Early drafts of novels often need to be unpacked, like the old sea monkey kits that would arrive from the cereal box companies. (That’s a Boomer reference if ever there was one. You used an eyedropper of water.) You drop emotions onto the little moments in your story. You slow down the narrative progress and linger over the sensory moments. Your early draft, if it’s short, doesn’t have to rush toward one event after the next. Plot is the events that happen in a book. Story is what makes the events matter. You can only create the meaning for a book if I understand the characters’ hearts.

If your characters start talking to each other in an early draft, that’s a fine spot to expand the sea monkeys. Conflict drives all lively dialogue. Let me see a bit of battle, confusion, or misunderstanding of one another while the characters sort things out in talk. In the best of scenes, there’s action to provide counterpoint to the talking.

History: Resist this if you can. Flashbacks are tolerable to a point, but what’s happening in the now of the story is the most important thing to a reader. Extended explanations to recount events about why something is significant are often shortcuts. Telling has a valuable place in story creation. Showing is more riveting, and it provides a hard-wired magnet for attention of the reader. Telling compresses time and scoots us through the story’s slow spots. Showing lets us walk through the garden with eyes on every flower.

Keeping your main character’s yearning in every part of the story will give your early draft the food it needs to grow to term. Some writers have to cut back when they get to later drafts. Some need to make more events take place, to cut back on the interior voice of the book and get out of the heads of characters. But for many an early draft, showing the character’s desires and fears, their hidden shame and forbidden joy, is the best nourishment to make it grow.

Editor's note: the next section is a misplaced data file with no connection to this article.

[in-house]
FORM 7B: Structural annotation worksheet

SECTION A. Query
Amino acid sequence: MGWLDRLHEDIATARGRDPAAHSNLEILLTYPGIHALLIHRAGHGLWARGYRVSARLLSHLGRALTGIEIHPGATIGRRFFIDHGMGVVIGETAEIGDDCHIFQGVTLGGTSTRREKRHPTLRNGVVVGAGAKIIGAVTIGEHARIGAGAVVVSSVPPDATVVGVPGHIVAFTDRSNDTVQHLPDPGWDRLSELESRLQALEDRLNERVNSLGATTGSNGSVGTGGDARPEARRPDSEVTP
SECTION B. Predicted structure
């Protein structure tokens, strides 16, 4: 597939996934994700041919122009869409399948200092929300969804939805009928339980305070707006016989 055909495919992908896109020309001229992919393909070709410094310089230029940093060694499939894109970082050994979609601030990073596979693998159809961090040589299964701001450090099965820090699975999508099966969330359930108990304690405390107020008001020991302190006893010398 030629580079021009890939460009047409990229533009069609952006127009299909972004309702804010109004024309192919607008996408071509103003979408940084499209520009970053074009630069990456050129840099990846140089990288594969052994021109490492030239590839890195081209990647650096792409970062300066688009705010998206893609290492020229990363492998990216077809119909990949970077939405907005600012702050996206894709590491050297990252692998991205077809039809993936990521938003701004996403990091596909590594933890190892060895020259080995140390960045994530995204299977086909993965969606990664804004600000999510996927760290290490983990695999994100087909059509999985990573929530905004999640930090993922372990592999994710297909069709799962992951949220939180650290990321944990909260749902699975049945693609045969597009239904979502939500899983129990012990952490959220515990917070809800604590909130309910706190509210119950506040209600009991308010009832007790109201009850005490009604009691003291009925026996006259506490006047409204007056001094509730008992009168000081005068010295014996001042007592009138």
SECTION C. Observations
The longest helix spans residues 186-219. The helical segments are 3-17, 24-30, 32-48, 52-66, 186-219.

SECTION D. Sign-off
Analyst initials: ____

Mind-meld character and setting

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Donald Maass offers a lot of advice on getting your book written well enough to break out in Writing the Breakout Novel. In his first chapter he gives you all the motivation you will need: Scenarios of writers with ongoing careers, already published, but sliding downward. He calls himself the agent who gets the 911 call when the latest novel doesn’t get picked up.

That scary scenario is available for your consideration at the Amazon.com Web page for the book, in “Excerpt.” But the problems which Haass offers up also have solutions in the book. Amazon’s site lets you Look Inside the Haass book, and in a “Surprise Me” click I found this advice on making setting and character merge to lift a book into breakout:

You can deepen the psychology of place in your story by returning to a previously established setting and showing how your character’s perception of it has changed. A useful principle for making place an active character [in your story] is to give your characters an active relationship to place; which in turn means marking your characters’ growth or decline through their relationships to their various surroundings.

Haass has a good handle on how to do this, since he says it’s not as easy as it sounds. “Go inside your characters and allow them a moment to discover their feelings about the place into which you’ve delivered them.”